Events and collaborations like Concert for Hope, Walk for Hope and ThinkCure! will enable us to extend our mission to younger generations, ensuring an ongoing legacy of diverse and committed supporters ready to move us forward into our second century of Hope.
 

Diversity and Inclusion

At City of Hope, we strive to create an inclusive environment that engages all of our employees and provides them with opportunities to develop and grow, both personally and professionally.
 
Each day brings an opportunity to strengthen our work, leverage our unique perspectives and improve our patients' experiences by learning from others.
 
We invite you to learn more about our commitment to diversity and inclusion. Click here to download our brochure.
We're a community of people characterized by our diversity of thought, background and approach.
 
We have career opportunities in nursing, research, allied health, business support and many other areas.
 
City of Hope employees enjoy excellent benefits and an environment that inspires wellness.
 
In addition to our main campus in Duarte, CA, we have several locations throughout the Los Angeles vicinity.
 
Current employees and external candidates are invited to explore our career opportunities.
 
Learn more about City of Hope's institutional distinctions, breakthrough innovations and collaborations.
NEWS & UPDATES
  • Meet City of Hope’s new chair of the Department of Surgery – esteemed pancreatic and hepatobiliary surgeon, researcher and author Yuman Fong, M.D. As one of today’s most respected and recognizable physicians in the treatment of cancers of the liver, bile duct, gallbladder and pancreas, Fong has pioneered and en...
  • For most of her life, Southern California teenager Kayla Saikaly described herself as healthy, even very healthy. She played basketball. She never missed school with as much as a fever. Her worst childhood illness was nothing more than a cold. Then, when she was 13, her nose started bleeding after a basketball ...
  • Neuroblastoma is one of the deadliest childhood cancers, accounting for 15 percent of pediatric cancer deaths. For patients with high-risk neuroblastomas, the five-year survival rate is 40 to 50 percent even with the most rigorous treatments available today. But those odds may improve soon, thanks to a new comp...
  • For breast cancer survivors, a common worry is a recurrence of their cancer. Currently, these patients are screened with regular mammograms, but there’s no way to tell who is more likely to have a recurrence and who is fully cleared of her cancer. A new blood test – reported in Cancer Research, a journal of the...
  • Metastasis — the spreading of cancer cells from a primary tumor site to other parts of the body — generally leads to poorer outcomes for patients, so oncologists and researchers are constantly seeking new ways to detect and thwart this malicious process. Now City of Hope researchers may have identified a substa...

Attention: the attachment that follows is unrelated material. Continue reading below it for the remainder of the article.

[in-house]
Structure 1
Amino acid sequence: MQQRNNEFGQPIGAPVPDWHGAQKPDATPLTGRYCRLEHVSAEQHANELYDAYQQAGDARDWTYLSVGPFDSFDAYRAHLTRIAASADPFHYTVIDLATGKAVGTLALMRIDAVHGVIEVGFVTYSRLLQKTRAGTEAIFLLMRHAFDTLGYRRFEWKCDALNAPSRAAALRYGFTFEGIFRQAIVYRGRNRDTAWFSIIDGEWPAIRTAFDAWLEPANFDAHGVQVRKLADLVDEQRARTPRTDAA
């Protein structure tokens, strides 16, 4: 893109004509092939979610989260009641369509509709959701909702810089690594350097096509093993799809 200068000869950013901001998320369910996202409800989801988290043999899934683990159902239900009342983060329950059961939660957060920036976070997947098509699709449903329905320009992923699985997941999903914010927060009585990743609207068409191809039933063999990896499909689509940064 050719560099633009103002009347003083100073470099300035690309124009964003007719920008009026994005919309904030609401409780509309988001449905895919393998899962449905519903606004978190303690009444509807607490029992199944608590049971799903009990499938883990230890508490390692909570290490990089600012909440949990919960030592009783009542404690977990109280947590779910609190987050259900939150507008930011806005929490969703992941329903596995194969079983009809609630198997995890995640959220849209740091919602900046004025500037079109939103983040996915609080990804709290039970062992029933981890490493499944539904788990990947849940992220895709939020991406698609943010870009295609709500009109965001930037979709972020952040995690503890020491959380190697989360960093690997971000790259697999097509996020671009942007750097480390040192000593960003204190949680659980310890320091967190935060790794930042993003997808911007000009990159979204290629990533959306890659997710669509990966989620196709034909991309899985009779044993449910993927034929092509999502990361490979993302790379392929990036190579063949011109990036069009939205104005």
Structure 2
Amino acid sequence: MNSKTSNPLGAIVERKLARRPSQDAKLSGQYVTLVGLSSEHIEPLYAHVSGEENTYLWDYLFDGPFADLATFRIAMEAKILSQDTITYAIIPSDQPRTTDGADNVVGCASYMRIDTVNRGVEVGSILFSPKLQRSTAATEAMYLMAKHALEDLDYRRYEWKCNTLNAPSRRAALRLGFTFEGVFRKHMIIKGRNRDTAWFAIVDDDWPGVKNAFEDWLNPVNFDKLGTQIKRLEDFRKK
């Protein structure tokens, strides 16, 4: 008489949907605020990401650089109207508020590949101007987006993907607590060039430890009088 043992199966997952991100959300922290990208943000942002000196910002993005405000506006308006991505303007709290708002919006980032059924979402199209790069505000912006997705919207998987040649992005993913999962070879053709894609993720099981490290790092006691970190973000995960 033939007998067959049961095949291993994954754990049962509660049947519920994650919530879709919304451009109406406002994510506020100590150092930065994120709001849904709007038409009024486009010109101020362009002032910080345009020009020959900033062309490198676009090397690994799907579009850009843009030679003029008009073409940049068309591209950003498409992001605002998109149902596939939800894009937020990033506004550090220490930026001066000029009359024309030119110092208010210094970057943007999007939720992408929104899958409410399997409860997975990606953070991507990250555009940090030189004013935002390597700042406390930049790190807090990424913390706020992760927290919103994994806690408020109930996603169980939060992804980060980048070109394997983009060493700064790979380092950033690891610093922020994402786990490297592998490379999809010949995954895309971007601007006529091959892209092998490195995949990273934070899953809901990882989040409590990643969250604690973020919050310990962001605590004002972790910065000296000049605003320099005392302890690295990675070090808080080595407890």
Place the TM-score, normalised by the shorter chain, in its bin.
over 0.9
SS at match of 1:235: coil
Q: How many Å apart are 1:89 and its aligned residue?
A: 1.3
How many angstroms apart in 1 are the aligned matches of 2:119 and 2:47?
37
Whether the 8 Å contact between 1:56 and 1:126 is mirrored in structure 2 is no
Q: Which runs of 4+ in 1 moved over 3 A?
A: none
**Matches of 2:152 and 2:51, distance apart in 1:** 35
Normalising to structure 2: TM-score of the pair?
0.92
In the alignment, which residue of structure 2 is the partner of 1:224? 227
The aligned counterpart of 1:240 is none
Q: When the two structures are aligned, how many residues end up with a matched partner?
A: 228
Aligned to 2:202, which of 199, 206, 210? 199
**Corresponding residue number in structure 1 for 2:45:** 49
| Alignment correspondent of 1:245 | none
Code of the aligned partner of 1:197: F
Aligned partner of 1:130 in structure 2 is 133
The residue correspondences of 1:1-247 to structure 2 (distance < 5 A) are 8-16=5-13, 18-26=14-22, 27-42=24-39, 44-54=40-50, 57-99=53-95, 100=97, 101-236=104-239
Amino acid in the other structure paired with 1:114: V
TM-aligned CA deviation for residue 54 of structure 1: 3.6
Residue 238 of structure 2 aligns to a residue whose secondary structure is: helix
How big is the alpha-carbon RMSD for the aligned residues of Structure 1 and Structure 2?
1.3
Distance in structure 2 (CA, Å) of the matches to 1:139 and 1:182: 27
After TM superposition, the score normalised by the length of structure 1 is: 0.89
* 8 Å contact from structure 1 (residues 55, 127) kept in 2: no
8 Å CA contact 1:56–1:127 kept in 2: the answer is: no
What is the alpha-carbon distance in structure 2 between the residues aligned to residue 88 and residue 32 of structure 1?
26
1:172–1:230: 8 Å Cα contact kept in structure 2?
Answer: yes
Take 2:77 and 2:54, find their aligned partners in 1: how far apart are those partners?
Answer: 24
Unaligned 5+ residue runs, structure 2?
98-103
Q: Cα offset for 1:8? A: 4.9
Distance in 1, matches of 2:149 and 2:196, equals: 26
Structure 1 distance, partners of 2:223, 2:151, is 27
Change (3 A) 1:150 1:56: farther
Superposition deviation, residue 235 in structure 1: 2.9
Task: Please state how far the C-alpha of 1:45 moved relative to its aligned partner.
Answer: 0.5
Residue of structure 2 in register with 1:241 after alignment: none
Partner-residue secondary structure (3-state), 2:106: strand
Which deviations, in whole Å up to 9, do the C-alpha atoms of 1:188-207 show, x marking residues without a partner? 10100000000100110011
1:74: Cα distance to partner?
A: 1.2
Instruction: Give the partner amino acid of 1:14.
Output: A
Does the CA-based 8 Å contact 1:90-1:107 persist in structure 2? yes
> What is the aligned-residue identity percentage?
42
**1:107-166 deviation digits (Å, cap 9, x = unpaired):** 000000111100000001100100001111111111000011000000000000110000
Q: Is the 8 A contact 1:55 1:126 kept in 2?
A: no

• Deodorant, plastic bottles, grilled foods, artificial sweeteners, soy products … Do any of these products really cause cancer? With so many cancer myths and urban legends out there, why not ask the experts? They can debunk cancer myths while sharing cancer facts that matter, such as risk factors, preventi...
  • Cancer risk varies by ethnicity, as does the risk of cancer-related death. But the size of those differences can be surprising, highlighting the health disparities that exist among various ethnic groups in the United States. Both cancer incidence and death rates for men are highest among African-Americans, acco...
  • George Winston, known worldwide for his impressionistic, genre-defying music, considers music to be his first language, and admits he often stumbles over words – especially when he attempts languages other than English. There’s one German phrase he’s determined to perfect, however: danke schön. Winston thinks h...
  • Few decisions are more important than those involving health care, and few decisions can have such lasting impact, not only on oneself but on relatives and loved ones. Those choices, especially, should be made in advance – carefully, deliberately, free of pain and stress, and with much weighing of values and pr...
  • Using a card game to make decisions about health care, especially as those decisions relate to the end of life, would seem to be a poor idea. It isn’t. The GoWish Game makes those overwhelming, but all-important decisions not just easy, but natural. On each card of the 36-card deck is listed what seriously ill,...
  • Young adults and adolescents with cancer face unique challenges both during their treatment and afterward. Not only are therapies for children and older adults not always appropriate for them, they also must come to terms with the disease and treatment’s impact on their relationships, finances, school or ...
  • Breast cancer is the most common cancer, other than skin cancer, among women in the United States. It’s also the second-leading cause of cancer death, behind lung cancer. In the past several years, various task force recommendations and studies have questioned the benefits of broad screening guidelines fo...
  • Paternal age and the health effects it has on potential offspring have been the focus of many studies, but few have examined the effect parental age has on the risk of adult-onset hormone-related cancers (breast cancer, ovarian cancer and endometrial cancer). A team of City of Hope researchers, lead by Yani Lu,...
  • Hormone therapy, which is prescribed to women for relief of menopausal symptoms such hot flashes, night sweats and vaginal dryness, has recently seen a decline in popularity (and use) due to its link to an increased risk of breast and endometrial cancer. But City of Hope researchers have found that menopausal h...
  • Myeloproliferative neoplasms can’t be narrowed down to a single cancer, but they can be described by a defining characteristic: too many blood cells. The diseases bring with them a host of frustrating, potentially life-altering symptoms, and management of the diseases and their symptoms is crucial. An upcoming ...